- The Washington Times - Monday, March 22, 2010


In keeping with a tournament-centric nation, Republicans are concentrating on the next eight months rather than the tumult of the next 48 hours. The National Republican Senatorial Committee has confabulated a chipper “2010 Democrat Madness” sheet to help determine which 16 members of that political persuasion — from Senate Majority Leader Harry Reid of Nevada to Sen. Barbara A. Mikulski of Maryland — most deserve to be voted out of office in November. There’s the “Looking for a Promotion” bracket, the “Rubber Stamp” bracket and the “But I’m Supposed To Be Safe” bracket. There’s also one for the “Have No Shame” crowd, too. See it at www.nrsc.org.

“Round 1 will be from March 19-23; Round 2 from March 24-28; Round 3 from March 29-31; Round 4 April 1-4 and the Final on April 5,” committee Chairman Rob Jesmer said. “Just visit the bracket and make your selections in each matchup, then check back, see who won and vote again in the next round.”


It is the ultimate pundit vehicle: Health care reform likely will be cast as the most noble, stupendous legislation in the known universe by legions of admiring journalists. Yeah, there will be noise from Republican stalwarts about jettisoning everything and starting afresh, and talk in the street about legal challenges. Chicken-hearted Democrats will be labeled as such. But brace for a mawkish press.

“In the media, there will be a wave of gushing coverage. We already saw some — it’s already beginning — about the tenacity and the determination of this president to see his signature initiative through,” said veteran Fox News anchor Brit Hume. “It’ll be said that this was an act of real leadership, and President Obama kept on persisting when all seemed lost, and there’ll be a lot of that. The fact, though, is there’s not much chance, in my view, that the public is going to start liking this measure any time soon, and the political consequences for the Democrats in the fall are likely to be very severe.”


Feisty Academy Award-winning actor Jon Voight is still standing up for the conservative cause, telling the estimated crowd of 25,000 “tea party” activists protesting health care reform on Saturday, “I’m calling to your inner soul and conscience to realize that President Obama has a compulsion he cannot control. It is a runaway train for him, and he has no way to put on the brakes. It is very clear that he will turn this country into a socialist America.”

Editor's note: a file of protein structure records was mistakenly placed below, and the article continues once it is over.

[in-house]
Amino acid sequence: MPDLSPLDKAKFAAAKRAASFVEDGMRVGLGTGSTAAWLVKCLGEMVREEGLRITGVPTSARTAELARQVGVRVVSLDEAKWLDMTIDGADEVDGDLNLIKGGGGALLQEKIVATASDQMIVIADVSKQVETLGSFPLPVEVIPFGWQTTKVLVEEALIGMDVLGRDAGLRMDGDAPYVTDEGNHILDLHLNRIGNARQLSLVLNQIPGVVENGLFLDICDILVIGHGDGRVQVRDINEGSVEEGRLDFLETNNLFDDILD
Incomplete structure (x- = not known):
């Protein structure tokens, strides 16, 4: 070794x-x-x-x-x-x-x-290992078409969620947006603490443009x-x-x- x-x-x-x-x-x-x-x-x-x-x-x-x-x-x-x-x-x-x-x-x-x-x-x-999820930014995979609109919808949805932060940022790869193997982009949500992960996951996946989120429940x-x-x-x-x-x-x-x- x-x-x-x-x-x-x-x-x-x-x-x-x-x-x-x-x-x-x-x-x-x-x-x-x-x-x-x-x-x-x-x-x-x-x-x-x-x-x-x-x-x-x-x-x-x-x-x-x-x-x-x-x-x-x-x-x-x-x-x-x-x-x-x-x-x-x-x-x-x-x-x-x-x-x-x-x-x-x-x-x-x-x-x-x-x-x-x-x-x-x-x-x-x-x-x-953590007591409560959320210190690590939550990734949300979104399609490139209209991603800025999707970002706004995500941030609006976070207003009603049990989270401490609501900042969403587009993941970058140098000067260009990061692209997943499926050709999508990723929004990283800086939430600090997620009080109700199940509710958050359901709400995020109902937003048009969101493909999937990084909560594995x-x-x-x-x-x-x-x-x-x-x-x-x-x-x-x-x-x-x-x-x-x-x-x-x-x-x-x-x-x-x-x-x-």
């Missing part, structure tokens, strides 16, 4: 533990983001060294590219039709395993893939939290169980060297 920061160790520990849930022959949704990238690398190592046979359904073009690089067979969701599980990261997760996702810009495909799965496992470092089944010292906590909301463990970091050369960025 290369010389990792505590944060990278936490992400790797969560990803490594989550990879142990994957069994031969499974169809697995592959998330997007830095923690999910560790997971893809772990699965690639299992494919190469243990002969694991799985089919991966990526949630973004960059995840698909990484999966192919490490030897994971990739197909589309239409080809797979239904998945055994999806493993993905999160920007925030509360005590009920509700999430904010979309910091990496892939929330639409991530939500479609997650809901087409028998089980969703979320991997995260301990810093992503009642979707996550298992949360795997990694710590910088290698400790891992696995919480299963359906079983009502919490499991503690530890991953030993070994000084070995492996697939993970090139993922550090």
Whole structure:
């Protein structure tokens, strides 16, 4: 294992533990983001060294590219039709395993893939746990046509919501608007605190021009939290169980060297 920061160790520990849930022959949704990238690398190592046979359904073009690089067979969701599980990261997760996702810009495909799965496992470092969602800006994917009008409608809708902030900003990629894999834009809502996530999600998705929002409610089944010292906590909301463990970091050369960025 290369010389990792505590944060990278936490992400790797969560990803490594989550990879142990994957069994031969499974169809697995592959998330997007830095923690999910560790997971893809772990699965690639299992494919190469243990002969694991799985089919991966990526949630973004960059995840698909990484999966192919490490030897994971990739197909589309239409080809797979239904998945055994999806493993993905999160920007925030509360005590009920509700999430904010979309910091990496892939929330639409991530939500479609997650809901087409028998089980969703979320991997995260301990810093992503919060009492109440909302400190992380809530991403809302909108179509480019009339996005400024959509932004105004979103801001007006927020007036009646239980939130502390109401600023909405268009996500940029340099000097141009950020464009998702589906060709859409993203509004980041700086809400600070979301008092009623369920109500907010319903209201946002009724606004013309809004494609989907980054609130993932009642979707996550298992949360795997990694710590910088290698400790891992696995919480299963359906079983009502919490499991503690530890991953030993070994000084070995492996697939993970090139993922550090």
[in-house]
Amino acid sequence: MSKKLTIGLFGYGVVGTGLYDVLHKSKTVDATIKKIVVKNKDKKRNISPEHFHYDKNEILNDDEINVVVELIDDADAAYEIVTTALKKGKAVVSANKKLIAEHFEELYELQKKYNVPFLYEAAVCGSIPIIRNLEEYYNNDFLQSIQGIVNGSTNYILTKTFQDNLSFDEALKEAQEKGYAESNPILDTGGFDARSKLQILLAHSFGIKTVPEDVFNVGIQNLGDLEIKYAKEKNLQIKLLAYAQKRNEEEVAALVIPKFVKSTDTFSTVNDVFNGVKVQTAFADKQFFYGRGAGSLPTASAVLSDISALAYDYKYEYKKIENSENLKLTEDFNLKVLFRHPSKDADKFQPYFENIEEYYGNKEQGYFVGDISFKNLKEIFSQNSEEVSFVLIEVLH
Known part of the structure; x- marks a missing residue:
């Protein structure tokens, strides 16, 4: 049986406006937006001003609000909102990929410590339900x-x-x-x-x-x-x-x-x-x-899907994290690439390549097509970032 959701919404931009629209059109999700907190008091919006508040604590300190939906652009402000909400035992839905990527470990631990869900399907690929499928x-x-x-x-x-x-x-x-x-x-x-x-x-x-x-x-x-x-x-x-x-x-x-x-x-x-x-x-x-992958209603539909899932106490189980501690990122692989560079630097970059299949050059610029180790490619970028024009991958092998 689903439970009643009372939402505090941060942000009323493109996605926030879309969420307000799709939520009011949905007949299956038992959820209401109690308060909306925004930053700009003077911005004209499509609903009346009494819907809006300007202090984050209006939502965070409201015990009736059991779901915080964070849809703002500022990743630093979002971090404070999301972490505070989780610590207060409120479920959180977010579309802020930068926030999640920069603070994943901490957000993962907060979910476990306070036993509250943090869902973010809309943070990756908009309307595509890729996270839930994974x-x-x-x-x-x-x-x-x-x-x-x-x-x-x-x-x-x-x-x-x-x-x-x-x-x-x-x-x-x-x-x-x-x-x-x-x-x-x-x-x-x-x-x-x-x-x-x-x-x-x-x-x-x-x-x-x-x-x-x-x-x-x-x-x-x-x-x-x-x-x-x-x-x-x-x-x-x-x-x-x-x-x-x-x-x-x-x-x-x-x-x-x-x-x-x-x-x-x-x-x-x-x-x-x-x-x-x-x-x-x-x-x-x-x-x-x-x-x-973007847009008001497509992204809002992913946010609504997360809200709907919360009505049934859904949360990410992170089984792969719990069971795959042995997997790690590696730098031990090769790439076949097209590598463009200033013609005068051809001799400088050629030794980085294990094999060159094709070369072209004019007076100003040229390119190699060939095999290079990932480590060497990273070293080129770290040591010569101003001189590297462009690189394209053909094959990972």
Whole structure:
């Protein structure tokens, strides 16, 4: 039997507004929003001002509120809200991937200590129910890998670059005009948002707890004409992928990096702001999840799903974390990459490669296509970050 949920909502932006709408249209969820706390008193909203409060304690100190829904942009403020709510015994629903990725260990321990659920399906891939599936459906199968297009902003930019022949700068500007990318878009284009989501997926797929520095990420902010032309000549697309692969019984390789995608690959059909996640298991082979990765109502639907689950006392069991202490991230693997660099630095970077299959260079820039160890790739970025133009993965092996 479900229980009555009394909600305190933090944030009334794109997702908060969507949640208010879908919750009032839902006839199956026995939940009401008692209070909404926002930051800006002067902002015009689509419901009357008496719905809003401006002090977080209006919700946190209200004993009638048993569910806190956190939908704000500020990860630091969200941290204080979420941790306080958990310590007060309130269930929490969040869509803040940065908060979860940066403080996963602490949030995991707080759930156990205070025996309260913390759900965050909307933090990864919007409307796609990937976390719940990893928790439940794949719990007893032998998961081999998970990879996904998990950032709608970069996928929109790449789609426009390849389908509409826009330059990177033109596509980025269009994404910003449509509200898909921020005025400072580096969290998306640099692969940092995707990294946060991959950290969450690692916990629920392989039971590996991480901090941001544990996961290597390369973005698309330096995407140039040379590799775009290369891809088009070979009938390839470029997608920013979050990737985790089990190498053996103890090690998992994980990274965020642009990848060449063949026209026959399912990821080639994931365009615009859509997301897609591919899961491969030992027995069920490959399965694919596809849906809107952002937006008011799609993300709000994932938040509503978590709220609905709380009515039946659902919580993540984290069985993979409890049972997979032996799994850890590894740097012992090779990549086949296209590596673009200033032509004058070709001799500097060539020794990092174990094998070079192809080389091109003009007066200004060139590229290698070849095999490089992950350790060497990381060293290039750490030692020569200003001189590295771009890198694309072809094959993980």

He was not done, though. During a Fox News interview, Mr. Voight asked the cameraman to pan over the crowd, thundering, “See? There are the real stars here. Out there. Go talk to them.”


No, it’s not Ted Turner but John King who is king of CNN on Monday with the debut of “John King, USA,” an early evening political news show that features Sen. Edward M. Kennedy’s widow, Victoria Reggie Kennedy, as a premiere guest and the assurance from Mr. King that the program will not be yet another insider bloviationfest among wonks and partisan operatives. The show, which airs at 7 p.m., also features an interview with Rep. Ron Paul, Texas Republican, in his broadcast debut, with Redstate.com editor Erick Erickson reporting from Decatur, Ga.

“Even though we’re in Washington, D.C., we will always have people roaming the countryside looking for good stories,” Mr. King said. “You can’t cover national politics just by being in Washington, D.C.”


Not the best addition to a political legacy: Citizens Against Government Waste has named Rep. Louise M. Slaughter, New York Democrat, “porker of the month” for suggesting a House rule that could allow Democrats to pass health care legislation without directly voting on it.

“The concoction of the ludicrous ‘Slaughter Rule’ is the latest and most blatant manipulation and twisting of the legislative process to accommodate the self-serving desires of those who cannot succeed under the normal legislative rules,” said the nonprofit group’s president, Tom Schatz. “This trend has driven the economy over a cliff and produced a $12.4 trillion national debt. If the outcome of this farcical process was not so momentous and one-sixth of the economy was not at stake, the entire episode would be laughable.”


• 50 percent of U.S. voters say states “should have the right” to opt out of President Obama’s health care plan.

• 74 percent of Republicans, 48 percent of unaffiliated voters and 30 percent of Democrats say states should be able to opt out.

• 57 percent say that the cost of health care will go up with the passage of the reform legislation.

• 54 percent overall say cost is “still the biggest problem” with the American health care system.

• 24 percent cite “lack of universal coverage” as the biggest problem.

Source: A Rasmussen Reports survey of 1,000 likely voters conducted March 17.

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